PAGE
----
In other words, the consent obtained from participants by the PACE investigators was not informed consent per their own promise to adhere to the Declaration of Helsinki. That everyone involved in research oversight in the UK has ignored this very, very serious issue is extremely disturbing. Despite all that money invested in PACE, no one bothered to ensure that the the lead investigators followed their own protocol promise to disclose “any possible conflicts of interest” to potential participants. And no one seems to care after-the-fact about this unexplained breach of an international human rights document. I have found it hard to understand this dereliction of responsibility when it comes to ensuring that human research subjects have been provided with all appropriate and required information.

The list of derelicts in this instance includes the Medical Research Council and the other funders, the research ethics committee or committees that approved the consent forms, the various trial-affiliated committees stuffed with allies of the PACE team, and the journals that published PACE results obtained without legitimate informed consent. And this violation of the Declaration of Helsinki is just one of the many problems with the trial.

Lancet editor Richard Horton, who presents himself as the scourge of bad science, has never acknowledged publicly that PACE was a debacle. He’s a very smart guy. He can’t possibly believe at this point that he was right to champion the 2011 paper.

Or maybe he does. We all have blind spots.

In any event, every day The Lancet does not address this embarrassment, it is failing to perform its basic function–safeguarding the medical literature and the public from crap.

12 thoughts on “Trial By Error: PACE Team Stages a Comeback Tour”

  1. Alicia Butcher Ehrhardt, PhD

    Someone official has to go after these people, and scour the record of their garbage.

    Is there no way to file criminal charges? Based on the number of people harmed?

    I still hear of new people – ME and long covid – who are being offered NOTHING for their illness but CBT and GET from these people. New one yesterday.

    And there is NOTHING being made ready for the long covid types, of whom I recently saw a doctor say ‘met the criteria for ME.’

  2. The PACE trial is a dead horse stinking to high heaven, but it *still* awaits a proper autopsy. Trial investigators have never released all the requested trial data, and with good reason. I assert that a proper review of the data, including recorded therapy sessions, will reveal a massive coverup of harms reported by the trial participants.

    It is clear from various anecdotes scattered across the internet that participants tried to report adverse events and were brushed aside. How many? We don’t know. Might be good to find out.

    That is what they have been hiding for a decade. It’s not too late to properly deal with PACE. Society has a duty to the trial participants to investigate the conduct of the PACE trial and bring criminal indictments against those responsible. Participants put their neck on the line in the hope that effective treatments would be found. They were betrayed and those who were harmed deserve compensation.

    For a hundred years the psychiatrists have enjoyed their power to condemn patients to locked wards, harmful treatments, and poverty (by denying social benefits) but now we are fighting back. And they don’t like it one bit. They won’t stop until they are thoroughly humiliated in public and held to account by a court of law.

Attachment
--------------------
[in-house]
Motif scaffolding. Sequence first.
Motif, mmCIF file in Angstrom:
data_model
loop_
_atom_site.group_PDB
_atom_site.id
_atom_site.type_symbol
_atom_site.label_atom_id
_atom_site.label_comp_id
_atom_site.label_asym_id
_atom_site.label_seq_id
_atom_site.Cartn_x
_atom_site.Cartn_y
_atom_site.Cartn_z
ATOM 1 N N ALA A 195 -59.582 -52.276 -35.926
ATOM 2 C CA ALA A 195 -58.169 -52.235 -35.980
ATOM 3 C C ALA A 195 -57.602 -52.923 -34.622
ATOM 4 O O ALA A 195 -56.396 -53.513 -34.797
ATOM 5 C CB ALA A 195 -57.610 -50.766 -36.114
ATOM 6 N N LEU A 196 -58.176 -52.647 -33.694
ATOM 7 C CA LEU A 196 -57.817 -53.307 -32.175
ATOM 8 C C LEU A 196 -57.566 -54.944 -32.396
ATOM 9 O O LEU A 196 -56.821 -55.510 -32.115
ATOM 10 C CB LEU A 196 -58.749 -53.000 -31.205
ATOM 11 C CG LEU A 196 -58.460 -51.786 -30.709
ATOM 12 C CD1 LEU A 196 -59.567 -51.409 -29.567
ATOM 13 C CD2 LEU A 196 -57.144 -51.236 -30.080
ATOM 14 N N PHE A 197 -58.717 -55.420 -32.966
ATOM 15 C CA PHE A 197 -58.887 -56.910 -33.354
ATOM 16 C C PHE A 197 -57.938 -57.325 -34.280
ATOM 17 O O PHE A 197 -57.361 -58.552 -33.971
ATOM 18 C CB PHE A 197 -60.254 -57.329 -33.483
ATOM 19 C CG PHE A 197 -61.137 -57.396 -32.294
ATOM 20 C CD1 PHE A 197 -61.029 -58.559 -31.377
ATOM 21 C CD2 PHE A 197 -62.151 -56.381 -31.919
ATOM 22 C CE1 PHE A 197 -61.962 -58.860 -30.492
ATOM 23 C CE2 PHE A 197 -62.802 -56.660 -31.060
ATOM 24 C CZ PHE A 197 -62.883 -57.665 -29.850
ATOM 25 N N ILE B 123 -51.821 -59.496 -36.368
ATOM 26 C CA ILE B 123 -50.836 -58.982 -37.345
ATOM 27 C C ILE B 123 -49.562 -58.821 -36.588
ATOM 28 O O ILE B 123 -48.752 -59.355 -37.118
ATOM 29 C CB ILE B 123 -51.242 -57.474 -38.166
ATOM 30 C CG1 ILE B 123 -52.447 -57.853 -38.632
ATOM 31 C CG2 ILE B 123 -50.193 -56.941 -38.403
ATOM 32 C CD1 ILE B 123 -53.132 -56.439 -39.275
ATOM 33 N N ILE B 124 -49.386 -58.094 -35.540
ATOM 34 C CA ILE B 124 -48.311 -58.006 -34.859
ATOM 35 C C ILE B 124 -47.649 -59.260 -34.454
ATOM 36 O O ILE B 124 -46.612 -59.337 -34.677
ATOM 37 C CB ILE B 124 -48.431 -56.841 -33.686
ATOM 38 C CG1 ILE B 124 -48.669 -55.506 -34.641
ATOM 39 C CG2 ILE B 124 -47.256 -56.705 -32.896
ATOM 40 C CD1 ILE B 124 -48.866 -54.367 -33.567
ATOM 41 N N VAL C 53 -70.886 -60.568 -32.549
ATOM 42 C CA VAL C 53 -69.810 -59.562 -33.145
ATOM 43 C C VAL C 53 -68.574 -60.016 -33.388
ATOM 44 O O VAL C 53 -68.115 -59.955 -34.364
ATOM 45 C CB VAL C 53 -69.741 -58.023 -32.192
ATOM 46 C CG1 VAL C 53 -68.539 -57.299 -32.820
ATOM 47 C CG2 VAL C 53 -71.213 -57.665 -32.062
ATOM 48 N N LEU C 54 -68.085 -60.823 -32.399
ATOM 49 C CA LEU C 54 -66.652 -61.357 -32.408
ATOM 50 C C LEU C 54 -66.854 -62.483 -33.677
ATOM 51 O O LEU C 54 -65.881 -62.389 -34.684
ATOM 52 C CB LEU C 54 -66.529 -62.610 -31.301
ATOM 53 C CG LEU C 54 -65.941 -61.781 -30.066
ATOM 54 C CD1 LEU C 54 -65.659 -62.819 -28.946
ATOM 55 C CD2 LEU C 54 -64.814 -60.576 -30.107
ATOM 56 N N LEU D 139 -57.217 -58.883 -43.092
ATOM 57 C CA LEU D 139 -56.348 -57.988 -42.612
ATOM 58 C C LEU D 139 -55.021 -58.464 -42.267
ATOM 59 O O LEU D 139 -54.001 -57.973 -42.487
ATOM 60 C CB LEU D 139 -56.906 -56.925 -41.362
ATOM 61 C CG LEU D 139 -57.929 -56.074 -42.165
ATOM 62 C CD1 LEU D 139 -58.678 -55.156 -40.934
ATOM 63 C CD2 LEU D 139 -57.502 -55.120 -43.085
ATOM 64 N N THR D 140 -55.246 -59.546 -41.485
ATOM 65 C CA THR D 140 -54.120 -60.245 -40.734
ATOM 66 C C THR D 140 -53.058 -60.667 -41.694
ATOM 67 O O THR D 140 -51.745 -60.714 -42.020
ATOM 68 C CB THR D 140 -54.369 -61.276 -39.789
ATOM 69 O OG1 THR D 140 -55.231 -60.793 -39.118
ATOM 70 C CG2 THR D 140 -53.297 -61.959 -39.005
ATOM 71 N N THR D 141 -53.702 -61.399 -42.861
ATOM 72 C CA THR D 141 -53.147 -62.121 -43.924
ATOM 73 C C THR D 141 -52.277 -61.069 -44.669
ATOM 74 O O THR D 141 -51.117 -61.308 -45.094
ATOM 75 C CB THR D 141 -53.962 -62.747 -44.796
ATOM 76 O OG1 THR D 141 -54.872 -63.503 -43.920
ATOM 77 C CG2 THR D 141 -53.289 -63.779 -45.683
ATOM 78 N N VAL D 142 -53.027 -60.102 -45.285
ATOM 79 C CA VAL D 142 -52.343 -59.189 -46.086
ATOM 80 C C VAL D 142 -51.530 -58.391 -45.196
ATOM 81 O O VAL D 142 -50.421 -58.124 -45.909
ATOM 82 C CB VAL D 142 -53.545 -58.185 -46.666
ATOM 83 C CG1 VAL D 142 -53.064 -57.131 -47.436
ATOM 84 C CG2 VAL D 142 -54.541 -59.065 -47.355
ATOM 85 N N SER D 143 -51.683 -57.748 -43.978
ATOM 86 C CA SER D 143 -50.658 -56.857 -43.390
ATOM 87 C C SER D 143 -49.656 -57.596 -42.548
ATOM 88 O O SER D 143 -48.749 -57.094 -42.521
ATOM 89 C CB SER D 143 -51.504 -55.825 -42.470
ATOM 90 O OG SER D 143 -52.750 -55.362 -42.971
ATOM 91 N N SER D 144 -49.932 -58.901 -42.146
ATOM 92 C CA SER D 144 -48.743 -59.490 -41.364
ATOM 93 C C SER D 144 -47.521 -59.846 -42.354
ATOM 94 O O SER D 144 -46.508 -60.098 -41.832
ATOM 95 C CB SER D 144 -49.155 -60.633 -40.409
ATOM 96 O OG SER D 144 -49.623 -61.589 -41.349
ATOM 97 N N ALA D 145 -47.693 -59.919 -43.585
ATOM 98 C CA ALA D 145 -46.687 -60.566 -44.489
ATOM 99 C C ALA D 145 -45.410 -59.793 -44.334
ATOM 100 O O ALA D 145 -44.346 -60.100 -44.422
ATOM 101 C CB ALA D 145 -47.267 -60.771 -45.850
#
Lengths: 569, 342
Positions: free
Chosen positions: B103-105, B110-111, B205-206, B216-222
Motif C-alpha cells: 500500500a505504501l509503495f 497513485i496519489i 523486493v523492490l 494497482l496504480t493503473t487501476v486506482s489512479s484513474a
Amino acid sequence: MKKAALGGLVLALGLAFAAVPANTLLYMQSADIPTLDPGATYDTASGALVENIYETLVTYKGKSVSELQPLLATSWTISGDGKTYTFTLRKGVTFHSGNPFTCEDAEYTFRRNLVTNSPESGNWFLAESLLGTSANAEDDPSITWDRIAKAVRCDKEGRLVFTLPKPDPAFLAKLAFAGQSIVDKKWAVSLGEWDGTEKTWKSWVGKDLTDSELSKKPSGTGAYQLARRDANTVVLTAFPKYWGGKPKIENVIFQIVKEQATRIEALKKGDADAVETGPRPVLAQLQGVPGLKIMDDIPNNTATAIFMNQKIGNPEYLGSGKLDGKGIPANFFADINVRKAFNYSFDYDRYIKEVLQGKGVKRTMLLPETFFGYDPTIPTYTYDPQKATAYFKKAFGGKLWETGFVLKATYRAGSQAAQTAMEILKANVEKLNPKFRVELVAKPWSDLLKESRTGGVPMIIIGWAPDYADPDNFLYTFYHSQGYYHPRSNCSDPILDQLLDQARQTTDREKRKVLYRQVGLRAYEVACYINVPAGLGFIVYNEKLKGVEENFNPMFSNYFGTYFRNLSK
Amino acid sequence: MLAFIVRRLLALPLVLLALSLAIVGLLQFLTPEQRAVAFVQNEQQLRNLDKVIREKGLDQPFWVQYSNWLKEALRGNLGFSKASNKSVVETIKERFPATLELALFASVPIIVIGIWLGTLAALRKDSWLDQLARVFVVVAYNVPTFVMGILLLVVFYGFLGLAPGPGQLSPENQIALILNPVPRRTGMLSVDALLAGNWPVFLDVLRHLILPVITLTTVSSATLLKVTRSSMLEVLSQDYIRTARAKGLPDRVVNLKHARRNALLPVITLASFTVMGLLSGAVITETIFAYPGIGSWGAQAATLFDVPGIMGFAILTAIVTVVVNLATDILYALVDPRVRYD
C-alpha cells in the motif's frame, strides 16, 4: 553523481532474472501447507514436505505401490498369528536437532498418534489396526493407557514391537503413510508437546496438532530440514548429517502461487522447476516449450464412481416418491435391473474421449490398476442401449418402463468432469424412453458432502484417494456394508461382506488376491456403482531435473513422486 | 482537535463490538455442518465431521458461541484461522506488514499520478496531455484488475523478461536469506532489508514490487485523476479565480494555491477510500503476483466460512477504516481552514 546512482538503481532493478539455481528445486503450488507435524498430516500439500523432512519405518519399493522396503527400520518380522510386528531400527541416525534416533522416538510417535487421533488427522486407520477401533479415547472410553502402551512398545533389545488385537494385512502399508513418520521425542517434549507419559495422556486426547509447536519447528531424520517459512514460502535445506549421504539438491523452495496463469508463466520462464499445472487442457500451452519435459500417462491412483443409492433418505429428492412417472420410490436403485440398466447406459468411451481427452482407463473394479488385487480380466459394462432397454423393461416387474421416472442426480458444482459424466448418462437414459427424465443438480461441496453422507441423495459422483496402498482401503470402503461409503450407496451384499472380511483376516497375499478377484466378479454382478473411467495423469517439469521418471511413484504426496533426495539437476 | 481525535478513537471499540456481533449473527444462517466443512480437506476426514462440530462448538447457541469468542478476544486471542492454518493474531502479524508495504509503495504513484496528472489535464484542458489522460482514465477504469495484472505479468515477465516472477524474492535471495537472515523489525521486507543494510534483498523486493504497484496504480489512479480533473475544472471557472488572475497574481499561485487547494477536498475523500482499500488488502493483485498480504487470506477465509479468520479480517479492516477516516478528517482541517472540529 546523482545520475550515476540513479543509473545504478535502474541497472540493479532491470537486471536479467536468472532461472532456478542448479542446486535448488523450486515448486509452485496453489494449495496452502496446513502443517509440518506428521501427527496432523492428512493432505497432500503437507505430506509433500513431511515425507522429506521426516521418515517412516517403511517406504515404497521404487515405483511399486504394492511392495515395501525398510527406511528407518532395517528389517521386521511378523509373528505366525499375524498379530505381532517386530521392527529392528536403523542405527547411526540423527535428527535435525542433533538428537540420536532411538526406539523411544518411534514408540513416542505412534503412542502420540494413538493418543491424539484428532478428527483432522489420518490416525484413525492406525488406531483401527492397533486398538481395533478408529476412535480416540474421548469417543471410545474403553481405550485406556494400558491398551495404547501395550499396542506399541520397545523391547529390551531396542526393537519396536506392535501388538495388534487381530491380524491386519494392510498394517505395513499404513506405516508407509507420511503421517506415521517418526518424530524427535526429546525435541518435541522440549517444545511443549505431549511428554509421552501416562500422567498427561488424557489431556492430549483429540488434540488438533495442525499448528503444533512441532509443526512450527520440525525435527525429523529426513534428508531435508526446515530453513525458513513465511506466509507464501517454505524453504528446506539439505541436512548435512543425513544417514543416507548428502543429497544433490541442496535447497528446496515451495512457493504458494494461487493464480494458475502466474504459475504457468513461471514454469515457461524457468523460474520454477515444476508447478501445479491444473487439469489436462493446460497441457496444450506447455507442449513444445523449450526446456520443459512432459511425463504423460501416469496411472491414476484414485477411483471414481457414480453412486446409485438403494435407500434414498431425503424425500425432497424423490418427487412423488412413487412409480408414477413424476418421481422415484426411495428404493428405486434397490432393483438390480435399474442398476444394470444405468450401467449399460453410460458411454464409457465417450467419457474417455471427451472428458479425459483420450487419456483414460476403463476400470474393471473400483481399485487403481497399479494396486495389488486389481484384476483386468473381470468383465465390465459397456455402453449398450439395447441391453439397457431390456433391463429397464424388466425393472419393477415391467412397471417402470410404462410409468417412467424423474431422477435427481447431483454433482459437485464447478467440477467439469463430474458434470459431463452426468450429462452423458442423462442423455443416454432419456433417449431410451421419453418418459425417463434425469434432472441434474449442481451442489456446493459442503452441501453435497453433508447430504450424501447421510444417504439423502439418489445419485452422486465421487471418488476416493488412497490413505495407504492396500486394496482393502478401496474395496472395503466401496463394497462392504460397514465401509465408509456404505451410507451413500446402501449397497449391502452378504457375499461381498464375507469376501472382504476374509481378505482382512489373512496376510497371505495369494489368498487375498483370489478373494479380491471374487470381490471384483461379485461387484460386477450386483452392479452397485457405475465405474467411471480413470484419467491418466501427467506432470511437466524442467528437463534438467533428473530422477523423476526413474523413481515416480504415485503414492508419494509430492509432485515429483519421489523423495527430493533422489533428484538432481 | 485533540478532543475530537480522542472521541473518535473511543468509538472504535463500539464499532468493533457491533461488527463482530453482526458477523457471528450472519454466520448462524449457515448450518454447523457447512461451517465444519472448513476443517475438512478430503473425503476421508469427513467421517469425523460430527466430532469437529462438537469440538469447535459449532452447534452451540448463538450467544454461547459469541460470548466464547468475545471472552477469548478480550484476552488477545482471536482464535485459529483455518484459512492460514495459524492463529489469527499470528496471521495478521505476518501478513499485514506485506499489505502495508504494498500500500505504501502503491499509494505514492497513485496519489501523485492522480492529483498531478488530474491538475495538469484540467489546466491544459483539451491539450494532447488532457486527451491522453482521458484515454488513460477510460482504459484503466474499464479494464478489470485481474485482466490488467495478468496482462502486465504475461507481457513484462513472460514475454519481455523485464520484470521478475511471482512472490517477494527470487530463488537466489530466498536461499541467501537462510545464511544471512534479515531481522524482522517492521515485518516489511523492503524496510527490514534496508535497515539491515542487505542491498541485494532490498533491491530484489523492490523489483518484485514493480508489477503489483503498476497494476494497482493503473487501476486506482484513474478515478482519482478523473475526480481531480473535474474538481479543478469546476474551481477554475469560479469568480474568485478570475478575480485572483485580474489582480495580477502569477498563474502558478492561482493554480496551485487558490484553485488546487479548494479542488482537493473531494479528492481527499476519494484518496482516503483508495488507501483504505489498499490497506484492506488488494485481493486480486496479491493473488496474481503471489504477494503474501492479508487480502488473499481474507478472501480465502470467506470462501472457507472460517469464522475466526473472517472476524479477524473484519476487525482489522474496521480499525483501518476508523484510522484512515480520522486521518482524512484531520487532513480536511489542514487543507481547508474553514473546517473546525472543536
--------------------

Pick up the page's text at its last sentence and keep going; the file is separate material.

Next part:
ME is only one battle in a huge power struggle involving patients and their advocates against the psychobabblers and most of the medical industry. The rot at Cochrane extends far beyond their dumbass ME treatment reviews. The Royal Colleges clearly need someone to yank their chains, and hard.

    The era when doctors could bully nurses, patients, and families is coming to an end, but not soon enough. Even now parents of young people with ME and now Long Covid live in fear of “experts” who somehow have the legal power to force treatments on young people and remove them from home.

    It has been slow going for ME patient advocates over the past few decades. We have been too few in number and too sick to make much progress. Policies only change when the social cost of maintaining them gets too high. That is now happening with the huge numbers of medical professionals who have Long Covid.

    It was easy enough for the medical industry to dismiss and drive out one or two physicians with ME. The number of people with Long Covid is now too big to simply dismiss and ignore.

    It’s great to have lots of new allies. It is devastating that they are as sick as we are, and that there are no known likely effective treatments, thanks in part to all that useless and harmful psychobabble research.

  3. Janet M Masleid

    Are these same arrogant, incompetent people still inflicting moral injury on the M.E. patient population? Now universities are expected to embrace these credentialed purveyors of disinformation and malpractice. Unbelievable.
    At some point, there will be a price to pay for allowing this bad influence to contaminate any real progress being made for Long Covid sufferers. We already know how this story ends.
    These people may be politely tolerated by their peers and the heretofore naive, but the rest of the intelligent world certainly doesn’t have to put up with this non-evidence based hideous behavior. Can someone PLEASE keep them far away from the Long Covid sphere of influence before they contaminate policy with their self-serving fog of concern?
    United States

  4. There are people in the US who don’t appear to have let PACE go either. It pays to be aware of just how far this desperate rehabilitation tour thing might go.

    Could the Academy of Consultation-Liaison Psychiatry (ACLP) be viewed as a non-exclusive but America-based version of a pro-PACE royal college/”trade group” as David describes them, I wonder?